KUALA LUMPUR • The Malaysian government is reviewing the national automotive policy, which may include imposing conditions on the import of foreign vehicles.
Prime Minister Mahathir Mohamad said in Parliament yesterday that while the government agrees with the practice of free trade, other countries worldwide impose conditions for their own auto markets.
He cited the example of European emission standards, which define acceptable limits for exhaust emissions of new vehicles. He said: "But here, any cars produced, even those made out of Milo tins, can enter the Malaysian market so it is very open. Any car producer can enter our markets - that is the problem we are facing.
"As such, we are looking into imposing certain conditions to disallow cars from (arbitrarily) entering local markets."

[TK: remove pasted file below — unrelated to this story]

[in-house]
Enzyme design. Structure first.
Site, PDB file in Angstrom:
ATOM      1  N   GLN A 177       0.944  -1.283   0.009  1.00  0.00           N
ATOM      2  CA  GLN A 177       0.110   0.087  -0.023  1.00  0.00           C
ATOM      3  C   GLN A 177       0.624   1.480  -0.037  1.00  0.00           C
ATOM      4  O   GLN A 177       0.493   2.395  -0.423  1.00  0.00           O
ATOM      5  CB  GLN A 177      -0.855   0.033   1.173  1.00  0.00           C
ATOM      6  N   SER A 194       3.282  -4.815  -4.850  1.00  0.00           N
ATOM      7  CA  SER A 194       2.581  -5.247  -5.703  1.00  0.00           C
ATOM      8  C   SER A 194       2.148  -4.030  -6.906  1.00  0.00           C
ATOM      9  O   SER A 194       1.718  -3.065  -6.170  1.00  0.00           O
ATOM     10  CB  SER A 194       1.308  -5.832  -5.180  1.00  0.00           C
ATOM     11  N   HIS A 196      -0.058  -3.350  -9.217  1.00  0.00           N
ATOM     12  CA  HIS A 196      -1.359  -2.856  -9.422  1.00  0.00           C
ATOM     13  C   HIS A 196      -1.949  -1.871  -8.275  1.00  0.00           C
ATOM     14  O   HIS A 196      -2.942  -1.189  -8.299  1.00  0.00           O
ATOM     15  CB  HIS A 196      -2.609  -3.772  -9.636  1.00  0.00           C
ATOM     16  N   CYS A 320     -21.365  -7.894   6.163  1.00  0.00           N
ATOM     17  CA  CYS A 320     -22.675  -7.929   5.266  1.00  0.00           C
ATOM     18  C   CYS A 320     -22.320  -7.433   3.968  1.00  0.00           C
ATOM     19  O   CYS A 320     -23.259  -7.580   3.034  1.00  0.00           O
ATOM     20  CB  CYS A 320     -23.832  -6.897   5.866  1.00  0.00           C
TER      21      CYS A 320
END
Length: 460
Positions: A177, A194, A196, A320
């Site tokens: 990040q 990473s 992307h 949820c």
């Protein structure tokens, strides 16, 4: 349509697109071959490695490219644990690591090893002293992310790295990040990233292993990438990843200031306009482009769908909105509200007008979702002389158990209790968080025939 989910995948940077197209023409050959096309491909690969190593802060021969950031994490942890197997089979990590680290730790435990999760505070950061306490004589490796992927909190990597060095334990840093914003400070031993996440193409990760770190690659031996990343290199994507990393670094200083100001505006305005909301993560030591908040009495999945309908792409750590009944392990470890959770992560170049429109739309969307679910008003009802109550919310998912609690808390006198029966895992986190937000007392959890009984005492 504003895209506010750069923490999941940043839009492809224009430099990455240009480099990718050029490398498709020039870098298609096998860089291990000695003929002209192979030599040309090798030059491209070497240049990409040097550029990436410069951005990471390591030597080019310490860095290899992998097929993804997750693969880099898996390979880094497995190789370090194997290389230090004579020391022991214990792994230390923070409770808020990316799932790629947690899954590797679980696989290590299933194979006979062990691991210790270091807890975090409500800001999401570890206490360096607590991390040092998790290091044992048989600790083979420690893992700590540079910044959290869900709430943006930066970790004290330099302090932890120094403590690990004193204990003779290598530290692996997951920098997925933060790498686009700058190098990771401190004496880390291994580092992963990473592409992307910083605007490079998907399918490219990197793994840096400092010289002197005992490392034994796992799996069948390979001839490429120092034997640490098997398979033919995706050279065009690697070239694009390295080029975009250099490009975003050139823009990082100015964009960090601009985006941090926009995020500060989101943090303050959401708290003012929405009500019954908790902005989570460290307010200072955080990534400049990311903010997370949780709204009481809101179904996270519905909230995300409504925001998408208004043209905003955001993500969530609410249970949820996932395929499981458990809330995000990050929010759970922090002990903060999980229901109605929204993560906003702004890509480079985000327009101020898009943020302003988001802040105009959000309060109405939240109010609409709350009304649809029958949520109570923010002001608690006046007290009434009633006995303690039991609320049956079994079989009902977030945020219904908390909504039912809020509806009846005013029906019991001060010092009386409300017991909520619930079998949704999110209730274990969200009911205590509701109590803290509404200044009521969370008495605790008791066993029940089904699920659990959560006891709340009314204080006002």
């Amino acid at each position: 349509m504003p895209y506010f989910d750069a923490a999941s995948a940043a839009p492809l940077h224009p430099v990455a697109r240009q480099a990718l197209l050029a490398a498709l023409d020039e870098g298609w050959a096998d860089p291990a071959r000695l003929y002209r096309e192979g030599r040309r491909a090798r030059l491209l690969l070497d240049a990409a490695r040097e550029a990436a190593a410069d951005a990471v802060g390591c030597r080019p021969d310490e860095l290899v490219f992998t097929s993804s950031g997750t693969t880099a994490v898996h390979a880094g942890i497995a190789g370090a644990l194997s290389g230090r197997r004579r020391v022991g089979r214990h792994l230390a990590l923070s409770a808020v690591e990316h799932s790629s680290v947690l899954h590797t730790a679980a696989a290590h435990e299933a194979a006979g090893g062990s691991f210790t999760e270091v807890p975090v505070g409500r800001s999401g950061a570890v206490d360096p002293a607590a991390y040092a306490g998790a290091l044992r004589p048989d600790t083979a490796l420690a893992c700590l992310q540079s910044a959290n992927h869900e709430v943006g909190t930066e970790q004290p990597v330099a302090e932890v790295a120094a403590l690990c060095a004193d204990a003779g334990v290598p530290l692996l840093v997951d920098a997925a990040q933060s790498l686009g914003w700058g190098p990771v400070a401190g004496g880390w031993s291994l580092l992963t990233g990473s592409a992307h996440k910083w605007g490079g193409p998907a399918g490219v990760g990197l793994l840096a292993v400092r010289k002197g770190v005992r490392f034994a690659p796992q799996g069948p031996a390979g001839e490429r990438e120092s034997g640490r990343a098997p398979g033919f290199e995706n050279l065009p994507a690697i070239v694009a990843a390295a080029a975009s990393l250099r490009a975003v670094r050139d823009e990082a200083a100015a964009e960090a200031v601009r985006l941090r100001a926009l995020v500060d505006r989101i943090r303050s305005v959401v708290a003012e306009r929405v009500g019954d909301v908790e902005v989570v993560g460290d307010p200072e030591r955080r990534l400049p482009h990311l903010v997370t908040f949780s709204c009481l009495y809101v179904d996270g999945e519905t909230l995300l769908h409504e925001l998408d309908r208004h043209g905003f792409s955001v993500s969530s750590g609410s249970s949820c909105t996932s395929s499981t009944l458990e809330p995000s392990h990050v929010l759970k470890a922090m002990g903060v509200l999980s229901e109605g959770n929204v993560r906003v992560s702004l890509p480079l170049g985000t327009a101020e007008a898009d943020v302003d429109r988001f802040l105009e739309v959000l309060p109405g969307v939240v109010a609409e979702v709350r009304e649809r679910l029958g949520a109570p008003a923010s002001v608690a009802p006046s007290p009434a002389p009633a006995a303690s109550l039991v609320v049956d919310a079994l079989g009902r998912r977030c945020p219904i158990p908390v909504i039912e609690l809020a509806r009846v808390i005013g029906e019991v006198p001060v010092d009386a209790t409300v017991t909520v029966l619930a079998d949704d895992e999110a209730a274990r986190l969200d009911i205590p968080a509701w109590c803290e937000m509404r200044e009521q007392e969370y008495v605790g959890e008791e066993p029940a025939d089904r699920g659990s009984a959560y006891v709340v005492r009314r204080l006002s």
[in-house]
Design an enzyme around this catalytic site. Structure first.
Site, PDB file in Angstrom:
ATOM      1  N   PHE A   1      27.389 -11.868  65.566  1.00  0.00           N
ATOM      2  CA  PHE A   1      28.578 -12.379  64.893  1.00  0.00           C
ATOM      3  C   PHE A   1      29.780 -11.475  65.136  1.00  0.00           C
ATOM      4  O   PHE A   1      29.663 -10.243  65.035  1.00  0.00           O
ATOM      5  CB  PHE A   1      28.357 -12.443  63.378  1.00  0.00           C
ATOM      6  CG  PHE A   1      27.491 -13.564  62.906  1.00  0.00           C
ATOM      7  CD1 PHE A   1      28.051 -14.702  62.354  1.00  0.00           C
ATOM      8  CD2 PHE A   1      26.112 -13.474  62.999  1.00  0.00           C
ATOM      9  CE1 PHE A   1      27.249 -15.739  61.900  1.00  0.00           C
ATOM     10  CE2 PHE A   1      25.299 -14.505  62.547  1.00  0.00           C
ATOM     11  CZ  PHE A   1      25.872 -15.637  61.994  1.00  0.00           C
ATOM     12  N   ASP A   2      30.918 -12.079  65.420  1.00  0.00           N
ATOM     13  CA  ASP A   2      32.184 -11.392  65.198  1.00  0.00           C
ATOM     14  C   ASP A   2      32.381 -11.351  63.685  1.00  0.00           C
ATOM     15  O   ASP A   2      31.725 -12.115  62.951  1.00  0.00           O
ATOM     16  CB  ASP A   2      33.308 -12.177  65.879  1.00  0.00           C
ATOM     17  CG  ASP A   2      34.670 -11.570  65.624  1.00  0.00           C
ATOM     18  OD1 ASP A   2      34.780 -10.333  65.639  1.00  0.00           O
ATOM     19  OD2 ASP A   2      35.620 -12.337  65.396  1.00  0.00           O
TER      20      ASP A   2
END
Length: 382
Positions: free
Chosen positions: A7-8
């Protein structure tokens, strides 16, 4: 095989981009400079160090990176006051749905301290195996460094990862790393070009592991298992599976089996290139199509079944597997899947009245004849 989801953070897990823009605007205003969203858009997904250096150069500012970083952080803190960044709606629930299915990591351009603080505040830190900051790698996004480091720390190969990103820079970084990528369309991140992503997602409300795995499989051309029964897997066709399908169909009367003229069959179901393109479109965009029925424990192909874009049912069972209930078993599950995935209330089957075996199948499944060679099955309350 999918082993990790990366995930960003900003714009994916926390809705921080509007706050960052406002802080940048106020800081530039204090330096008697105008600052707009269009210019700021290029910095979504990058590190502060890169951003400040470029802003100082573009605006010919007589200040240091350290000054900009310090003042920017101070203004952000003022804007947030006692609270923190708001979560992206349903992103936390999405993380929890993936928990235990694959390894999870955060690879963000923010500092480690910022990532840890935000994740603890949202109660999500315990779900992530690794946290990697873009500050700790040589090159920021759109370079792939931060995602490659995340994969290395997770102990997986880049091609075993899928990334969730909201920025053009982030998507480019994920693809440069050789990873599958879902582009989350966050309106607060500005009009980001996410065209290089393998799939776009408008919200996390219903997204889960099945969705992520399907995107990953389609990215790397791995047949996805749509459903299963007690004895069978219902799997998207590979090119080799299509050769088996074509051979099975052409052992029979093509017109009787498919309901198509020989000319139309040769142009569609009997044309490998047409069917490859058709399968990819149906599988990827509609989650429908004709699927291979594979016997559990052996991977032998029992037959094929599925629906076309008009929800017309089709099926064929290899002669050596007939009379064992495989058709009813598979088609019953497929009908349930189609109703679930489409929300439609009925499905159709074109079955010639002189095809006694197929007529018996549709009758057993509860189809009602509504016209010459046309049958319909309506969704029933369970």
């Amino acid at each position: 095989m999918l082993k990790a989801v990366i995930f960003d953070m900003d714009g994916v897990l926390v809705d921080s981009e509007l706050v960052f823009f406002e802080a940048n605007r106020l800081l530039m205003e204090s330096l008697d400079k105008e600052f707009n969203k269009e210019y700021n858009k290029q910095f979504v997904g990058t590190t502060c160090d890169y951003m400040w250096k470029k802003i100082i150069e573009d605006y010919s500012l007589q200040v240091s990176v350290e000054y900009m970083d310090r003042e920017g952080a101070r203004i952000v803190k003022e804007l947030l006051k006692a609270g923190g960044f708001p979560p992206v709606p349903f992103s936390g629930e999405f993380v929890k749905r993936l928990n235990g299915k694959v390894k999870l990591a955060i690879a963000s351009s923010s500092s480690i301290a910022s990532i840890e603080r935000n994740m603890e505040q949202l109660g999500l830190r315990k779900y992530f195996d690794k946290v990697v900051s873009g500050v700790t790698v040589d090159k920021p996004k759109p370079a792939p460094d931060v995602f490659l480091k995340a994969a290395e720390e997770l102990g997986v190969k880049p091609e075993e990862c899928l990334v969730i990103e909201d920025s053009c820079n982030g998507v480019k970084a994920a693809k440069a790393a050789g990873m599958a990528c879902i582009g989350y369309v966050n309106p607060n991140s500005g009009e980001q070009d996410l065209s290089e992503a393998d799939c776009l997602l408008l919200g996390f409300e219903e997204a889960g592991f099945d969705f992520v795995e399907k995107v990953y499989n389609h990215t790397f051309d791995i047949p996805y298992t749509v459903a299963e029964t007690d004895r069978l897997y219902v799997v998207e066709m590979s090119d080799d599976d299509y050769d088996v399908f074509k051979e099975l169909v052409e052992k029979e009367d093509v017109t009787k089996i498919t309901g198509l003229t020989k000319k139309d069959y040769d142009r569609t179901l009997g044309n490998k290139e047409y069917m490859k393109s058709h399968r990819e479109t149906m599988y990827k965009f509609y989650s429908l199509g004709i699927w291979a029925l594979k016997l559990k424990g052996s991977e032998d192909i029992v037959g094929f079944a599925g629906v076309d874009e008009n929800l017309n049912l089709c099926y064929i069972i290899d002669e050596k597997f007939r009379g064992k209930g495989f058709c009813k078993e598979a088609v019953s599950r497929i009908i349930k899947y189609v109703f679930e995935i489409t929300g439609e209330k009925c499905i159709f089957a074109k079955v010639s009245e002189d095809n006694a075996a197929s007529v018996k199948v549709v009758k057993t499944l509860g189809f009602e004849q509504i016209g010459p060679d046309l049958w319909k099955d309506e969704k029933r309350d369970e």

This will allow brands like Proton to capture the local market, said Dr Mahathir, answering a question from Ayer Hitam MP Wee Ka Siong, who asked for elaboration on the government's plan for a third national car project.
"All the countries which produce motor vehicles have got restrictions, either on standards or because of taxes... so we need to protect our infant industry," Dr Mahathir added at a press conference in the Parliament lobby.
"We may think about the standards (to impose). We also may have to consider certain weaknesses that we have, which should be protected," he said, without elaborating.
Dr Mahathir said the national automotive policy would also be reviewed to ensure local national car manufacturers like Proton and Perodua remain competitive. He also said the auto industry is vital for a country's growth and that a new national car project would help boost Malaysia's engineering capabilities.
In June, Dr Mahathir said Malaysia should have a third national car, a suggestion which was met with some criticism. Besides Proton, the other Malaysian automakers are Perodua and Naza.
THE STAR/ASIA NEWS NETWORK, REUTERS